By Roberto José Andrade Franco
My uncle made a mess of himself while trying to live clean.
It wasn’t the first time that week he’d made a mess and it was far from the first time in his life he had tried to get clean. On that day, he immediately jumped in the shower. Didn’t even bother to take off the clothes that also needed cleaning.
I’ve often wondered how soon into that shower he talked himself into believing the next day could be different. I’ve wondered why it took that moment for me to realize he had a problem.
A few minutes later, my uncle came out the bathroom with nothing but a towel around his waist. He went into a back room, detached from the house, and opened a bottle filled with liquor the color of syrup. Didn’t even bother with a glass. He swallowed heavy gulps as if he were inhaling life. Water dripped from his wet hair and on to his shoulders and back.
On the days my uncle tried to get better, he was quiet and morose. “He’s not feeling too well,” my aunt, his oldest sister, would tell us kids in Spanish. “Just leave him alone,” my grandmother would say of the son she blessed with a biblical name. But at that moment when I watched him drink as if his life depended on it, he came back to us. Almost in an instant, he was the uncle I loved. Back to the charisma that attracted people. Back to telling jokes and smiling and seemingly loving life. Back to the man I recognized, who treated me like a son. He then got dressed and left. I can still remember the smell of his cologne.
I never got to see my uncle as much as I wanted. For a while, he was our neighbor, living in Juarez. He then moved to Chicago. When he’d return to visit us, he’d stick around for a few hours then disappear for days at a time. Sometimes, before he’d leave, his friends would wait outside while he got dressed. Friends that went by nicknames, who as they moved up in the world, people would rhetorically ask, “en que trabaja el muchacho?” Friends who’d get so high in that world people stopped asking out of fear they’d hear the truth of how they earned their money.
Sometimes my uncle would return to Chicago without saying goodbye. He’d just disappear, and I’d wait to see him again, even if it was just for a bit.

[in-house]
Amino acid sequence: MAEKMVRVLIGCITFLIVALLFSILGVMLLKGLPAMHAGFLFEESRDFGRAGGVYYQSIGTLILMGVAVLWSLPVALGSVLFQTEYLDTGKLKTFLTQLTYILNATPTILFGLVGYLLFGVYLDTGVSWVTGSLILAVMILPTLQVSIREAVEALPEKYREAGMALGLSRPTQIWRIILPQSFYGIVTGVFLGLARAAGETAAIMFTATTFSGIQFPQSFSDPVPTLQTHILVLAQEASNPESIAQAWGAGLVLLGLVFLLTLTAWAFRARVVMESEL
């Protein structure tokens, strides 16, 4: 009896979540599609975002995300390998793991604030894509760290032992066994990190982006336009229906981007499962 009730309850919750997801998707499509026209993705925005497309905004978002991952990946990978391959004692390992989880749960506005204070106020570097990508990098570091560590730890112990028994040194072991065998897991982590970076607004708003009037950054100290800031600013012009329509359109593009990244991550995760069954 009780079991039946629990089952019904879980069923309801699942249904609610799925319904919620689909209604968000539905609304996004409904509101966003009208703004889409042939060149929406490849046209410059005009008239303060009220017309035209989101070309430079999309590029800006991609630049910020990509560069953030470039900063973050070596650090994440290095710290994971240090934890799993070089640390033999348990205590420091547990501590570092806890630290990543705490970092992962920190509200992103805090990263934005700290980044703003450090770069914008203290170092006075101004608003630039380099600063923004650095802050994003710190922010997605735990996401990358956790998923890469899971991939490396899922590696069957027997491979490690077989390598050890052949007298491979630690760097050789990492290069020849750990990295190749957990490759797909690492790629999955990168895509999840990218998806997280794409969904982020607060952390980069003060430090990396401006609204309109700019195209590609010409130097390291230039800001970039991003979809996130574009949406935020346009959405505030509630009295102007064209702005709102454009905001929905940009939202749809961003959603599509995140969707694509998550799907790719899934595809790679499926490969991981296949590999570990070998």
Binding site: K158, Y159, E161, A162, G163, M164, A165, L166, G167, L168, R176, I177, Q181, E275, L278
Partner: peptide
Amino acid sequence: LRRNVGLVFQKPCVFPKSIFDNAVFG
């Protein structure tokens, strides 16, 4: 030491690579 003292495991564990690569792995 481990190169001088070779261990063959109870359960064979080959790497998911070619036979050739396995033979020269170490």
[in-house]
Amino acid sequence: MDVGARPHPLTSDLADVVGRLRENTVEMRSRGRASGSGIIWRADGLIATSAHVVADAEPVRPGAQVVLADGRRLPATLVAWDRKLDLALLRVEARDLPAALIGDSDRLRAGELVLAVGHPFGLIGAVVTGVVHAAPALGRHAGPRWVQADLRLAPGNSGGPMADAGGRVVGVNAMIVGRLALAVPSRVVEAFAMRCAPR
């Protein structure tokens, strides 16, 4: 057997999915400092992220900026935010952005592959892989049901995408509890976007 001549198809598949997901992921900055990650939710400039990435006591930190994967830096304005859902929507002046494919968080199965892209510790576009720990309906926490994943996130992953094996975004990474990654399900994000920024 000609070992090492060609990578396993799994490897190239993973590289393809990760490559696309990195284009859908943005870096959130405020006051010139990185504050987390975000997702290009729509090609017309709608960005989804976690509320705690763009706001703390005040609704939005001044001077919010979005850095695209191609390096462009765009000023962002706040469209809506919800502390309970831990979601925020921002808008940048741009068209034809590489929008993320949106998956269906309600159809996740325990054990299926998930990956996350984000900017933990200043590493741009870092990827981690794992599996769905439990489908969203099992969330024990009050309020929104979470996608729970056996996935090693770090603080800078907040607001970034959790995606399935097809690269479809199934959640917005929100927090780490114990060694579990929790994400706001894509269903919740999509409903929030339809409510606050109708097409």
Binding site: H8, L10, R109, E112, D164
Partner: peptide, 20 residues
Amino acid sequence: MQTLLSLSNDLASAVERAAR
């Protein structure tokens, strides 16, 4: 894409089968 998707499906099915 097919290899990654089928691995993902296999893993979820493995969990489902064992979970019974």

Decades after he left—only returning sporadically—my uncle moved permanently back to Juarez. My uncle was the type of person that makes families keep secrets. So, from what I understand, he got into some legal problems and got forced back to a world different from the one he left.
Juarez had changed for the worse by the time he came back. Some of his friends had died. My aunt and grandmother, who always lived together, had moved to El Paso and then also died. The rest of the immediate family had also moved north of the U.S.-Mexico border to places like El Paso, Albuquerque, Dallas, Los Angeles, and Chicago.
Away from his wife and kids, he lived alone. He lived in my grandmother’s old house that had once been full of joy, love, laughter, and life. By the time he returned, that house was crumbling. It was empty with holes in the ceiling. Some doors looked as if someone had repeatedly kicked them. Inside that dying house, my uncle claimed to hear voices and, from time to time, even see things that made one—I assume—want to believe in God.
Those last few years, I never got to see my uncle as much as I wanted. I moved away, so far from home I couldn’t help but romanticize what I left. Every once I’d catch a whiff of cologne and think of him and that place.
Enough time passed without seeing him, that each time I did, I could tell how much he’d aged between our visits. He was thinner. His eyes—once so full of life—looked as if they had sunk in his face. His confident walk had disappeared. With his vital organs failing, he worked as a hobbled security guard at a casino.
Eventually, he moved to that back room, detached from my grandmother’s house, where he’d hide liquor. My grandmother had used that back room as storage. We all hid things there.
The last time I saw my uncle was during this past summer. As he walked out that back room and into the same street where his friends had once waited for him to get dressed before they would all disappear, he looked like a 75-year-old man. We shook hands and hugged. He smiled and asked to see pictures of my daughter. He didn’t ask for money, which felt like a positive even if it felt odd. So odd I restrained myself from offering some.
We spoke for about 10 minutes—he could still make me laugh—and then we hugged again. I told him to take care of himself. “Cuidese m’ijo,” he told me and I nodded. I regret not telling him I loved him before I left. I regret we all came from a place where we first had to get fucked up to tell each other the truth or shield ourselves from it.
My uncle died on a Friday. On the first of May at 2 in the morning, we’re told. We’re also told he died of a sickness so contagious that doctors didn’t allow family by his side as he took his last breaths. I’ve wondered if a doctor or nurse, unjaded from all the death that’s been part of Juarez for over a decade, held his hand or said something to my uncle. I can imagine his once warm, friendly eyes taking a few last blinks.
Living so far away from home and with travel restricted because of that same virus that helped kill my uncle, I couldn’t attend the shortened viewing for my uncle. The funeral home only let 10 people attend and the casket had to stay sealed and at a distance. My mother and father were there, as were a few of his coworkers and even some of the friends with whom he’d disappear. Every one of them had to wear masks.
My uncle was 56 years old. He’s in a better place, my mother says, so there’s no need to cry. She says he’s now with God and no longer running from the demons that chased him. The same ones he made a mess of himself trying to break free from.
My uncle has left. I never got to see him as much as I wanted.